We all know that many new products will fail in the marketplace for one reason or another. Sometimes the quality is poor, or the packaging is wrong, or the price is too high. And sometimes a product fails because it can be dangerous.
Each year the non-profit organization World Against Toys Causing Harm (W.A.T.C.H.) compiles a list of the 10 “worst toys” of the year. Toys make the list when they present a hazard to children such as choking, cutting, or with one of this year’s toys, slashing.
Before crying out that “kids will be kids and anything can be dangerous,” consider that unsafe toys are a serious health issue. The numbers are scary. According to the Consumer Product Safety Commission there were roughly 240,000 toy-related injuries in the U.S. in 2016. This translates to one child treated for a toy-related injury in a U.S. emergency room every three minutes. And, between January 2017 and October 2018 there were an estimated 3.5 million units of toys recalled in the U.S. and Canada.
Some of the toys on this year’s list include:
- Black Panther Slash Claw (slashing injuries)
- Power Rangers Super Ninja Steel Superstar Blade (blunt force and eye injuries)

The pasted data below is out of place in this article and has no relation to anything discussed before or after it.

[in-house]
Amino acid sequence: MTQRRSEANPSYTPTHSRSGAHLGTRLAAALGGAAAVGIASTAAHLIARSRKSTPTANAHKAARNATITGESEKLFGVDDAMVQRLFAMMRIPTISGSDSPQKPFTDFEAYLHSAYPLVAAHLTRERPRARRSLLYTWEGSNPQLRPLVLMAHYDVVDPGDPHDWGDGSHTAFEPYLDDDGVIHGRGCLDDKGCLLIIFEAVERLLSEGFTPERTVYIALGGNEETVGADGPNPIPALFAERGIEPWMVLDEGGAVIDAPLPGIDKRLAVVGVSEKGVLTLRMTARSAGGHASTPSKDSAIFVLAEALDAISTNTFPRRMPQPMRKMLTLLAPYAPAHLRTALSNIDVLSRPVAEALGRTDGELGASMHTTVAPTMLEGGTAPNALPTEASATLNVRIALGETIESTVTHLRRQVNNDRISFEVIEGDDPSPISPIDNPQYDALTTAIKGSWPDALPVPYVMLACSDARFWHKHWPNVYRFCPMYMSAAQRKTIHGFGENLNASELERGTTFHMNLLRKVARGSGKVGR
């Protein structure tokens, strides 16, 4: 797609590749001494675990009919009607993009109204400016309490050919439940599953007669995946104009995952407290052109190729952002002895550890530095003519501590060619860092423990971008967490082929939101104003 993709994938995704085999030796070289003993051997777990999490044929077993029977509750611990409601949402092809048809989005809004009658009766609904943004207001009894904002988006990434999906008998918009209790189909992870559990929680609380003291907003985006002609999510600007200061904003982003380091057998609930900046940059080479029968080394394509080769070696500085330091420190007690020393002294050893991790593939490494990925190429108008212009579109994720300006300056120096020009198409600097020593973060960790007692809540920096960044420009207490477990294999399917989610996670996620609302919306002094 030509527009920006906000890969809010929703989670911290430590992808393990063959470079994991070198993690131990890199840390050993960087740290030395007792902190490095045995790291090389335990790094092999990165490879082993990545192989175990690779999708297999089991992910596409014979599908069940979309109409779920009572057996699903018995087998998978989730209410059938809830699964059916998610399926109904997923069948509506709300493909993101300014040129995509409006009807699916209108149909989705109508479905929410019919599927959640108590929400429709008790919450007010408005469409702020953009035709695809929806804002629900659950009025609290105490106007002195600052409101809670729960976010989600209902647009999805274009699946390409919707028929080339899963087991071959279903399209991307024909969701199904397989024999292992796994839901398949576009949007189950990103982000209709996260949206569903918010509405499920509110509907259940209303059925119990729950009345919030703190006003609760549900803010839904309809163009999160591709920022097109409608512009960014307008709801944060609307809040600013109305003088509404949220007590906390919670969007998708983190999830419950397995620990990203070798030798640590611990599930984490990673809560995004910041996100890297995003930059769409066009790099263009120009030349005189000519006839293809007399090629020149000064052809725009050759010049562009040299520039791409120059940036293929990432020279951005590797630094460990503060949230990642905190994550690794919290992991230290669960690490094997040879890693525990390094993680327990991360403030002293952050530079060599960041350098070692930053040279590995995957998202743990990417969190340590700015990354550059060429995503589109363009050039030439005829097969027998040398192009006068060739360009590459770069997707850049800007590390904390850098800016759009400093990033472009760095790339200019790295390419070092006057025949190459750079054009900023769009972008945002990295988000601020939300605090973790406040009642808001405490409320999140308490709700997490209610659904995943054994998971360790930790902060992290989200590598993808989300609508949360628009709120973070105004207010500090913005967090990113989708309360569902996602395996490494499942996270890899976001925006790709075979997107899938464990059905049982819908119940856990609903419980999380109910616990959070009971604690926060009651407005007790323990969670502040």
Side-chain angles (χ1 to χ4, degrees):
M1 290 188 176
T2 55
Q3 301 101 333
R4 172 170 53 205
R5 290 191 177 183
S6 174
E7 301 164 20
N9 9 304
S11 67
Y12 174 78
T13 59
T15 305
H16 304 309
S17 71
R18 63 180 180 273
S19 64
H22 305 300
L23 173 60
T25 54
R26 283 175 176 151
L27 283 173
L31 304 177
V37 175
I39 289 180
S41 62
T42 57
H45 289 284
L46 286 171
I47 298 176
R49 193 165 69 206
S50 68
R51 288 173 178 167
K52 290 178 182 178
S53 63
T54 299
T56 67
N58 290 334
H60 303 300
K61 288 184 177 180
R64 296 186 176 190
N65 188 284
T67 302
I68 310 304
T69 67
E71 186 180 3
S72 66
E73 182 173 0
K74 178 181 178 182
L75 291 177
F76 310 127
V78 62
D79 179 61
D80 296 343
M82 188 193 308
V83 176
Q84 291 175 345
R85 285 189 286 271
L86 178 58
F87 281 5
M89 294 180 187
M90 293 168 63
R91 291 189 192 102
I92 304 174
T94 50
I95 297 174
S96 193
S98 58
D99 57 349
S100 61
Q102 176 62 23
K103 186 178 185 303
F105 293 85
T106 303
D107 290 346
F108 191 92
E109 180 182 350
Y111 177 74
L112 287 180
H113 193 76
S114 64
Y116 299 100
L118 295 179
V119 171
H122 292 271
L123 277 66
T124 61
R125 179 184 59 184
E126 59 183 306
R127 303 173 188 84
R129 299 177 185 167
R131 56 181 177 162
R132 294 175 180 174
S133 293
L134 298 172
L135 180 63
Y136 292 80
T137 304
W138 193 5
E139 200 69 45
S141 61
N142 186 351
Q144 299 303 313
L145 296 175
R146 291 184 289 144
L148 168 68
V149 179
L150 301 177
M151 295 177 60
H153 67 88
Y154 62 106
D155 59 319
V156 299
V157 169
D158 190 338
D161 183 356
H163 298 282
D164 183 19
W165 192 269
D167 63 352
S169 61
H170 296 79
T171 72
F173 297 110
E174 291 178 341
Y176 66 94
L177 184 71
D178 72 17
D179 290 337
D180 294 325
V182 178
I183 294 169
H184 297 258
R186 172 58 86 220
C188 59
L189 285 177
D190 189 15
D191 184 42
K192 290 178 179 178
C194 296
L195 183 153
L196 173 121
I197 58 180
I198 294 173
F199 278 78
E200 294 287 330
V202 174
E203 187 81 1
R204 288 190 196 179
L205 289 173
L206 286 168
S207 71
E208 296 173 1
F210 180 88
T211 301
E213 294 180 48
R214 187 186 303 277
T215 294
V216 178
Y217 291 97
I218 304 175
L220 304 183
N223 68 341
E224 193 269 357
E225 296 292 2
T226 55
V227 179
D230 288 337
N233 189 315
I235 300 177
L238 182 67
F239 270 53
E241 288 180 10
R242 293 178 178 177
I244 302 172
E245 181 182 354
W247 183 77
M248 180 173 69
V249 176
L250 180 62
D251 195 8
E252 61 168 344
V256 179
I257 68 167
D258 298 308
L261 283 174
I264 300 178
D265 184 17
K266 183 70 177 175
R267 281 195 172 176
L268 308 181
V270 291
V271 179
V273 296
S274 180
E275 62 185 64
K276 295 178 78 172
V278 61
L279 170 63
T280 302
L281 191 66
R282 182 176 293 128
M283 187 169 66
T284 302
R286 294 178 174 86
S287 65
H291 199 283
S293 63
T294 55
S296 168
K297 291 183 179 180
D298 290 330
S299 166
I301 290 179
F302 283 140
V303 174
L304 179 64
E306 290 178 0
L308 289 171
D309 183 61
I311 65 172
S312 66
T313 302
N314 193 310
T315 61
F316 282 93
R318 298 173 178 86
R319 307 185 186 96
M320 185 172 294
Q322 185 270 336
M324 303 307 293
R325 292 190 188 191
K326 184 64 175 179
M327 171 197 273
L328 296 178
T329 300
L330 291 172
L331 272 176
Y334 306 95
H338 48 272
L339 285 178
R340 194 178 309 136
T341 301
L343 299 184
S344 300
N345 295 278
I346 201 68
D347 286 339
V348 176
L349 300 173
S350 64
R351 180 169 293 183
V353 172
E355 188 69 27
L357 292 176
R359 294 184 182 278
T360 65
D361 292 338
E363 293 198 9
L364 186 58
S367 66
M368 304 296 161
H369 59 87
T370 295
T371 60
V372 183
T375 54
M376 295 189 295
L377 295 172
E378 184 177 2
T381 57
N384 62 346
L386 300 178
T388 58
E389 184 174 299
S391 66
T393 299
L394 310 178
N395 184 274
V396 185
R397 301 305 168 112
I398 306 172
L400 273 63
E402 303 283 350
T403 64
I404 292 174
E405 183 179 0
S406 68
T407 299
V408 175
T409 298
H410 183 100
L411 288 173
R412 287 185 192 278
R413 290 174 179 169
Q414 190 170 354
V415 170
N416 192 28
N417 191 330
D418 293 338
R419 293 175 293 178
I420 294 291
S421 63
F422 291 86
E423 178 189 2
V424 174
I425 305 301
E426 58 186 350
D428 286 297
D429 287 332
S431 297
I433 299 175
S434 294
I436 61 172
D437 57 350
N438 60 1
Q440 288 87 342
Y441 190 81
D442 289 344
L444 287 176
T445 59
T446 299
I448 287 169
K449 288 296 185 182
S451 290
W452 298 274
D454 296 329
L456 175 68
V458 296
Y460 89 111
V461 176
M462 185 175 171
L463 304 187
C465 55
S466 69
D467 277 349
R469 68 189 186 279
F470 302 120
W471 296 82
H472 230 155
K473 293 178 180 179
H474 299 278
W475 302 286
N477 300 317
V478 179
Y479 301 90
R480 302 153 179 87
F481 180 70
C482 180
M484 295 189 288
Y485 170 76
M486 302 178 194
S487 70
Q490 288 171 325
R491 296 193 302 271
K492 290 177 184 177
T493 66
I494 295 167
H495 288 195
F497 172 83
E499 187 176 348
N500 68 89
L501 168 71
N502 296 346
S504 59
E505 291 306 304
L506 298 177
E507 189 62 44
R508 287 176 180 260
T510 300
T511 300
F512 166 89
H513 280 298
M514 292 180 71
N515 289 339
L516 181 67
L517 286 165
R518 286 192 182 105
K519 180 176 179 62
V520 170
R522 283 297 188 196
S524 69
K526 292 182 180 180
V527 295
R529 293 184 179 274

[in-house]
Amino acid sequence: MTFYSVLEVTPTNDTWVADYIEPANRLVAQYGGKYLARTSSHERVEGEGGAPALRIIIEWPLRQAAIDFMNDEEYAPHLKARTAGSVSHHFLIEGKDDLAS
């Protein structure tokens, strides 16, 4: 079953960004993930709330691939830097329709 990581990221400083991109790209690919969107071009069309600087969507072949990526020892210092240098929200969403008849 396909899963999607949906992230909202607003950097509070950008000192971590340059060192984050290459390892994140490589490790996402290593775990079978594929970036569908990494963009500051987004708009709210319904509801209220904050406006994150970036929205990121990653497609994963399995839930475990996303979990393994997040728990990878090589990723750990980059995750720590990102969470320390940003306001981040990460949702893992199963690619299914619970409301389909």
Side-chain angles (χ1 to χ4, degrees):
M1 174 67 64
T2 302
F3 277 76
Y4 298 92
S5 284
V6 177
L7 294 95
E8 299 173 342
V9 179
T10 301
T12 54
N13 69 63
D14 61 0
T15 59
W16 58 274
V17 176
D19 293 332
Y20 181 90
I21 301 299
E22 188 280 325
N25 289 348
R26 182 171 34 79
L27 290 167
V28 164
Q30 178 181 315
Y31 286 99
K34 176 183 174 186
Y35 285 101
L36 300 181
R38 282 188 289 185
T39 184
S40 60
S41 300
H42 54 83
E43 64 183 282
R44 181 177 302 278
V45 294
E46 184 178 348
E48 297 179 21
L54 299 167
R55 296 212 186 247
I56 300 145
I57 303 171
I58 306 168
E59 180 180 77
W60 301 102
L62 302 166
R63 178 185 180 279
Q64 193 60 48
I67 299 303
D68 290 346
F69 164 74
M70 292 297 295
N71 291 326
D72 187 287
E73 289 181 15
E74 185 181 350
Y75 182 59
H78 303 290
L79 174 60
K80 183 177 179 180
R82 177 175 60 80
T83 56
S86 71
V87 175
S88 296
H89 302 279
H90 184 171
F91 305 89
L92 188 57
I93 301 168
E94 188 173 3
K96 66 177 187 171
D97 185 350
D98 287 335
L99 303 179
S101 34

- Stomp Rocket Ultra Rocket (eye, face, and other impact injuries)
- Cabbage Patch Kids Dance Time Doll (choking injuries)
Detailed warning labels on packaging aren’t always enough. Young, small children in particular are vulnerable, plus not all warning labels are read and followed. View the list and read the concerns.
Group Activities and Discussion Questions:
- Discuss the topic of responsibility of a company to consumers.
- View the toys on the list: https://toysafety.org/
- Divide the students into teams. Have each team review one of the products on the list.
- For the product, how should the company address the issue that it is on the “worst toys” list? What should retailers do?
- Have students research how toys are tested.
Source: Marcelo, P. (13 November 2018). The “worst toys” for the holidays, according to safety group. Associated Press.